Examples of disciplinary spaces at public schools around the nation. Source: Discipline Disparities for Black Students, Boys, and Students with Disabilities | GAO-18-258
Education | National

Native students subjected to higher rates of discipline in public schools



Native American students are subjected to higher rates of discipline than their counterparts at public schools, according to a new Government Accountability Office report.

Nearly 569,000 American Indian and Alaska Native students were enrolled in public elementary and secondary schools during the 2013-2014 school year, the report stated. They accounted for just 1.1 percent of the entire student population.

Yet Native students were subjected to higher than average rates of corporal punishment, expulsions, referrals to law enforcement, arrests and suspensions, both in and out of school, the data published on Wednesday showed.

"American Indian and Alaska Native students had higher than average rates of receiving each of the six disciplinary actions," the GAO wrote.

Additionally, Native students were more likely to experience chronic absenteeism than their counterparts. Difficulties in getting to school -- road conditions in and near Indian Country are among the worst in the nation -- are seen as a contributing factor for the high rates, according to a prior GAO study.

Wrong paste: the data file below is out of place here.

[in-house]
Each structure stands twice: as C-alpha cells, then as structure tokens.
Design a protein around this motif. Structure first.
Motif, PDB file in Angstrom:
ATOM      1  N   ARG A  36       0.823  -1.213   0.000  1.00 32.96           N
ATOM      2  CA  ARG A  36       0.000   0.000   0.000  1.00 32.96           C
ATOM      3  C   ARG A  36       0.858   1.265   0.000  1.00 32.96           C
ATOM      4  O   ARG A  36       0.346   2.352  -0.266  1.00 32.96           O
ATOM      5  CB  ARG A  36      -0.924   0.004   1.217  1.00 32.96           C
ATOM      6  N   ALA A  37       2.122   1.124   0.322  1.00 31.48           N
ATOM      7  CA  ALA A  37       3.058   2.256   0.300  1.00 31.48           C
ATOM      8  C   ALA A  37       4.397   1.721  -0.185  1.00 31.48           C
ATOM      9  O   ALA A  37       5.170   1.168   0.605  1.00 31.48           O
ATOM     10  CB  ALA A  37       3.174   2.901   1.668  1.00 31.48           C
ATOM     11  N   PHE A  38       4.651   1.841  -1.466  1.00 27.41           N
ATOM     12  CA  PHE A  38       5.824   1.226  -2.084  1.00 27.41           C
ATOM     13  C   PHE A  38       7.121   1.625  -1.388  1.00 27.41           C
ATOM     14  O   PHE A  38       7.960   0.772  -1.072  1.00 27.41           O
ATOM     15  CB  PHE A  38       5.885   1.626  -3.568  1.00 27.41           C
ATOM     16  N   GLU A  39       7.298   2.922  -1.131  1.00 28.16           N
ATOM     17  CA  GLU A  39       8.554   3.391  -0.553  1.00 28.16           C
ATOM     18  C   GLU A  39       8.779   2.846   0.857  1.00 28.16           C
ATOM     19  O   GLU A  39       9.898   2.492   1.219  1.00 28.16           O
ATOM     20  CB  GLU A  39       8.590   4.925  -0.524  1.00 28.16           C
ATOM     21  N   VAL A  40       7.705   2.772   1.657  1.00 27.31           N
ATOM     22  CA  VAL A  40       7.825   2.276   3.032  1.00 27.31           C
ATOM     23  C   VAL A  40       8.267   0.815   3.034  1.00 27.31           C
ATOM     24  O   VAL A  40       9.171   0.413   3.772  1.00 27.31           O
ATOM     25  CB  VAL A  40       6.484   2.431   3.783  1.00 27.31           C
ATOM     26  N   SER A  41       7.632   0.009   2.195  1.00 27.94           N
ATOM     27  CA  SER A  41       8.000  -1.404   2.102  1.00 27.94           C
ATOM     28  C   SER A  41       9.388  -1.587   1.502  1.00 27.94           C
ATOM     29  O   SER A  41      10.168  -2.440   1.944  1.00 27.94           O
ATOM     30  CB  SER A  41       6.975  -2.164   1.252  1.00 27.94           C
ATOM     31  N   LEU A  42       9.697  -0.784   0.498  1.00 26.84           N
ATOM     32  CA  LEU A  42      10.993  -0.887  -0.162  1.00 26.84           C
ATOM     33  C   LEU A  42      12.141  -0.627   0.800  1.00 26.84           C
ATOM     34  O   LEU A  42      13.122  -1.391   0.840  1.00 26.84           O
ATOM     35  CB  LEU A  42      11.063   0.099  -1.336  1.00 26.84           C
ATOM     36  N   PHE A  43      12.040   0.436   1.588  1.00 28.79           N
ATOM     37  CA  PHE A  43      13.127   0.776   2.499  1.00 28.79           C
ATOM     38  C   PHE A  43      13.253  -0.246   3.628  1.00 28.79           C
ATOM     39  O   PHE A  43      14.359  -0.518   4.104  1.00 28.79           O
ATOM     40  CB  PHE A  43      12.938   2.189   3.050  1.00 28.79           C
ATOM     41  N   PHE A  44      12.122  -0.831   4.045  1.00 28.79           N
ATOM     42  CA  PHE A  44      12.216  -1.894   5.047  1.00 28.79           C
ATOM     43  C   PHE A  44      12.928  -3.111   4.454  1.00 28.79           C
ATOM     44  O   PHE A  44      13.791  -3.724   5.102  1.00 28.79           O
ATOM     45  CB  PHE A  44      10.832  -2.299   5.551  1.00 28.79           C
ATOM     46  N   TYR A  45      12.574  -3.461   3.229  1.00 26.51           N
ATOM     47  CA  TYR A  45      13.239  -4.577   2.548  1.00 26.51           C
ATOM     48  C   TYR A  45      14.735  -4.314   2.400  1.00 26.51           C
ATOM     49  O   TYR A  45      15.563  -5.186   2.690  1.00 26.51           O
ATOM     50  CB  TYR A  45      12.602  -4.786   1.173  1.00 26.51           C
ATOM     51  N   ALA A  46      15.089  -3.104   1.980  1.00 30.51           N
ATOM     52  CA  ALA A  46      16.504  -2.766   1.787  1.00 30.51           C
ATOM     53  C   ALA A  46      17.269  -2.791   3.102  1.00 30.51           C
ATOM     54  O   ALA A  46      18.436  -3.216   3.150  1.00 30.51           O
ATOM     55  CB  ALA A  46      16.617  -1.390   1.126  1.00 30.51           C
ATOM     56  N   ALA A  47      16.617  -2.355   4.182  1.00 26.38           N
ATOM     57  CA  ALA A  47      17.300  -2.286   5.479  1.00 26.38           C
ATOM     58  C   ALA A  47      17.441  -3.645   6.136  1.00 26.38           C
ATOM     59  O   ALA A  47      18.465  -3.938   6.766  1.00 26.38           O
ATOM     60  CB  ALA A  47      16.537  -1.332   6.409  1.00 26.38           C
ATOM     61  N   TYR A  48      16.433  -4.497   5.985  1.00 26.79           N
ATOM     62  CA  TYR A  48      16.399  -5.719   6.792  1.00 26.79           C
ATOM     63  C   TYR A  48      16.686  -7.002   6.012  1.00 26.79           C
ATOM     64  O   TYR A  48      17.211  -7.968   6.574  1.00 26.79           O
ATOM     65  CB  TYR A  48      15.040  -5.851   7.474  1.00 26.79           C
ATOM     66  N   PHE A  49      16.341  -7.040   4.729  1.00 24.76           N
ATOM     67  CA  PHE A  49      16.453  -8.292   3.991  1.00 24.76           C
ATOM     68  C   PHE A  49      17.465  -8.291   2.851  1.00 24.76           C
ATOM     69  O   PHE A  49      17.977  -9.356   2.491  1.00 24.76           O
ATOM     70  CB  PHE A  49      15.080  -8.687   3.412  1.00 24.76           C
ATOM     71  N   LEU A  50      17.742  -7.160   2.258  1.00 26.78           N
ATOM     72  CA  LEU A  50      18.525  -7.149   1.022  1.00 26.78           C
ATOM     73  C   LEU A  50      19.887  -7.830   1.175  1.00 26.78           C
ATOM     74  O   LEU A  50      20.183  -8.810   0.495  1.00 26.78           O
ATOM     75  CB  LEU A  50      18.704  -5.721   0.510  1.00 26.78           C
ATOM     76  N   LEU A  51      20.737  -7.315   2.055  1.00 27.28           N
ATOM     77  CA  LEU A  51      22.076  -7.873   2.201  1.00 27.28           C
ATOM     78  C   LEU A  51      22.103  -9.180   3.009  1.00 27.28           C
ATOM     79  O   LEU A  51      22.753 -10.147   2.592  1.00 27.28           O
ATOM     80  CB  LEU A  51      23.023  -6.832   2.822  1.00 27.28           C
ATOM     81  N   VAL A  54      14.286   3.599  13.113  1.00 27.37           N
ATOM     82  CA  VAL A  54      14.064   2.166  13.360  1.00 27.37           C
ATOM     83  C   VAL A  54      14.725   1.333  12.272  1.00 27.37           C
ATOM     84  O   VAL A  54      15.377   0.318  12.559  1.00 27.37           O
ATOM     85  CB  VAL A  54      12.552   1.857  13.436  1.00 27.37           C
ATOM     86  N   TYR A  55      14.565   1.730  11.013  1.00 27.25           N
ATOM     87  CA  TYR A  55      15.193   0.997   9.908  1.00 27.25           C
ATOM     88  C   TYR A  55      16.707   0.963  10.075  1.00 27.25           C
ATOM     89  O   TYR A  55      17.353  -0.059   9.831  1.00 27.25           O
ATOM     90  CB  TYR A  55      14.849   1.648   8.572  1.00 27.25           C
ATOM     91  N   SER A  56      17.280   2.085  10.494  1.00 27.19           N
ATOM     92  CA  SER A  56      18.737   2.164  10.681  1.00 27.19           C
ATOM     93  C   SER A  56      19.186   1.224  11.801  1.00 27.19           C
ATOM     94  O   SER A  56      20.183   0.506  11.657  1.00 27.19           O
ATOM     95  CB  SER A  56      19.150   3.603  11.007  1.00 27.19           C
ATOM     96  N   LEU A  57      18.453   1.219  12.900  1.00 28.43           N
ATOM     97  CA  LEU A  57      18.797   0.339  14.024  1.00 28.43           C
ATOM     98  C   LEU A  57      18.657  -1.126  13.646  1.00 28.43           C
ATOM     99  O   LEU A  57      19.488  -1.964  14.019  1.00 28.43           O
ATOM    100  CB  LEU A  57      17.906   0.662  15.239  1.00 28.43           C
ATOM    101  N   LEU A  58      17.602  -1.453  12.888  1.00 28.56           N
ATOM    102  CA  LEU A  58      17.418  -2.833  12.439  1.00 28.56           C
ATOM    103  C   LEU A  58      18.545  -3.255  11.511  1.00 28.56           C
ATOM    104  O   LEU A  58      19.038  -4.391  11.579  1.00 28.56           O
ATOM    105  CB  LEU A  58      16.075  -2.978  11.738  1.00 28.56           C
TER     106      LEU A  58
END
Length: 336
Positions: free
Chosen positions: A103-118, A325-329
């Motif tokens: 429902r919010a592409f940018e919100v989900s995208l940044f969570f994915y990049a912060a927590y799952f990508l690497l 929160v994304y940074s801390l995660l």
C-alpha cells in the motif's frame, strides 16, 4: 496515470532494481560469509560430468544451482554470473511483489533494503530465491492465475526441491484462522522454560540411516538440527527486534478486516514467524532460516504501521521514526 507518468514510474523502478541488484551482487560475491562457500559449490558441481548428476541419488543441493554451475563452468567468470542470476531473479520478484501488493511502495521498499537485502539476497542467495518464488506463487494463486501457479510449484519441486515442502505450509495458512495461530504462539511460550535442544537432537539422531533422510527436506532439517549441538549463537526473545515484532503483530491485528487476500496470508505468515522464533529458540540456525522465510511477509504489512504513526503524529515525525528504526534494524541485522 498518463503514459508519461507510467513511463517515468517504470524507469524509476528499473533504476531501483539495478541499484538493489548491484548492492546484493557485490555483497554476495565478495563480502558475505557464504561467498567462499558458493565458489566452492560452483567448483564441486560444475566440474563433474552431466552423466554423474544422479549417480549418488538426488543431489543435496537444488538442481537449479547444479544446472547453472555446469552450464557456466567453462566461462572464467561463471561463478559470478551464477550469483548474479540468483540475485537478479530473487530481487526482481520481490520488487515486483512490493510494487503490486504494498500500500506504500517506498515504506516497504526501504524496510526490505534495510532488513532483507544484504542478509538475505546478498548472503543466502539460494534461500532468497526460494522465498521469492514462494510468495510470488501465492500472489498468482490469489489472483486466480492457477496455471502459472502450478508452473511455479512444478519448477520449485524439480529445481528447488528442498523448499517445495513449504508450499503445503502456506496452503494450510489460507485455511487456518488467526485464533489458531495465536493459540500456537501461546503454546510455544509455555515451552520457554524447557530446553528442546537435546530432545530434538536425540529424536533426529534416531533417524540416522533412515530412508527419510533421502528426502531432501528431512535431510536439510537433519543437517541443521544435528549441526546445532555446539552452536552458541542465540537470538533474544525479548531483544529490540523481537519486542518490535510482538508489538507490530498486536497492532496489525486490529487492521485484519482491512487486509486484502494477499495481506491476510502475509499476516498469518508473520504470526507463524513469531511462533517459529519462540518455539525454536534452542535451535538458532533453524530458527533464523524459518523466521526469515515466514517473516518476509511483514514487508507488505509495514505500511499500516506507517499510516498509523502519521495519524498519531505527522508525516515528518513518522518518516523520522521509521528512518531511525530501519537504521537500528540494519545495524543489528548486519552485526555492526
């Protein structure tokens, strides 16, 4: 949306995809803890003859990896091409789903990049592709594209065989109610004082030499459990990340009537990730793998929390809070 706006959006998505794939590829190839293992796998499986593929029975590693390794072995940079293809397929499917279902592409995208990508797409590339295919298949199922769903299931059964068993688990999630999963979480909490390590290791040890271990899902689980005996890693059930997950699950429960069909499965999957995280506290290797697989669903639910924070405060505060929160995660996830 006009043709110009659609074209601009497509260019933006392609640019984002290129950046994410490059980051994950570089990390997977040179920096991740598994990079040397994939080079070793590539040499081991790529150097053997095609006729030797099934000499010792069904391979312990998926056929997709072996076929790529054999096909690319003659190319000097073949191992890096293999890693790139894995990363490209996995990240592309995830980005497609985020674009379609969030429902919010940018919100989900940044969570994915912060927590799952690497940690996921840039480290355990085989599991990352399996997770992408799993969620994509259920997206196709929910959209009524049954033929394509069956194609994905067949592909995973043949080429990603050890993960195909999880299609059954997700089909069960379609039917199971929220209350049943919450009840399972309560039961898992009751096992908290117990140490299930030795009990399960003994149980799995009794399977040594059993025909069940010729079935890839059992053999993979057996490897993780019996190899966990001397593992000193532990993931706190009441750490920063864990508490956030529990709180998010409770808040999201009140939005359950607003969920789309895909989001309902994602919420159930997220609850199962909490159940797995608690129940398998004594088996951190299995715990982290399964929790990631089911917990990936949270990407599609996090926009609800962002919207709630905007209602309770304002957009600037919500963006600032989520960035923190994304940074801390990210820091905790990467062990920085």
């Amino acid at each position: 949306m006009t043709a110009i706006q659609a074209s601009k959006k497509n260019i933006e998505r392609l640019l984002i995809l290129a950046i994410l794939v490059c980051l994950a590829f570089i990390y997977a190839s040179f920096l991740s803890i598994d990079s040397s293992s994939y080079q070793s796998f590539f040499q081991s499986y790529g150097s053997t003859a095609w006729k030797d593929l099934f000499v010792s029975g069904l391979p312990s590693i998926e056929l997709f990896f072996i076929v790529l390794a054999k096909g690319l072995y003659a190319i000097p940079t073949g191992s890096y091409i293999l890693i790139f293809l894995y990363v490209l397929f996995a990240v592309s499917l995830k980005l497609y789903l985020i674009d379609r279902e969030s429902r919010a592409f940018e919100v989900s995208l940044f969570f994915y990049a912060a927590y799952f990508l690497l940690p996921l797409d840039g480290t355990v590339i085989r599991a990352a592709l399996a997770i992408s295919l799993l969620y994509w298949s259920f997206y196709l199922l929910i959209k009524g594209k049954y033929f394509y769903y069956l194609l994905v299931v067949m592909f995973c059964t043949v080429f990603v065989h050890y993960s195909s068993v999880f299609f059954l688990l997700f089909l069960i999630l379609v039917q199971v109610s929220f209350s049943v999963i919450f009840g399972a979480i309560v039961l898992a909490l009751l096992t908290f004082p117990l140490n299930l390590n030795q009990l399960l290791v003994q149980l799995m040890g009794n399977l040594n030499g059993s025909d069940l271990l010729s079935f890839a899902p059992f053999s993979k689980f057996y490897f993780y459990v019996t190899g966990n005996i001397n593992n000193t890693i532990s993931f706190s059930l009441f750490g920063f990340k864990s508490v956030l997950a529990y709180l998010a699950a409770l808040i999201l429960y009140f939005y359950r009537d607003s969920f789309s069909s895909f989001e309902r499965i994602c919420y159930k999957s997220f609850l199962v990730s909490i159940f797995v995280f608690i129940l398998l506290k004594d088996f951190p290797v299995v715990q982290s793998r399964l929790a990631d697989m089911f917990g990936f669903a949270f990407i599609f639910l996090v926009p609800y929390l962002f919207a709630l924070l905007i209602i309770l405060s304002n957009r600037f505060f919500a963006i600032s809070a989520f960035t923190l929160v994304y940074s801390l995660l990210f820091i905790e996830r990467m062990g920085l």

"American Indian students face school attendance challenges, including access to reliable transportation," the new report said.

Despite the higher than average disciplinary rates for Native students, one group was treated even more poorly. African American students experienced the highest levels of punishment in all but one of the six action areas, with Native youth -- particularly boys -- outpacing referrals to law enforcement, the data showed.

"These disparities were widespread and persisted regardless of the type of disciplinary action, level of school poverty, or type of public school attended," the GAO said in reference to African Americans, boys and students with disabilities.

Among those with disabilities, rates shot up even higher than average for Native students. They were more than 4 times as likely to be subjected to out-of-school suspensions, for example, and 5 times as likely to be referred to law enforcement.

With overwhelming majority of American Indian and Alaska Native students attending public schools, both on and off reservations, advocates have long sought to address the disparities. But the National Indian Education Association and other groups say the Trump administration hasn't done enough include their voices in summit on school safety and school climate that took place in Washington, D.C., on Wednesday.

While some civil rights, legal and educator groups were represented at the meeting with Secretary Betsy DeVos of the Department of Education, NIEA and others were excluded.

"Although Native American youth make up just one percent of students in school, Native American girls are three times more likely to be suspended and Native American boys are more than twice as likely to be suspended compared to their white counterparts," the National Women’s Law Center said in a letter to DeVos on Wednesday that was joined by NIEA.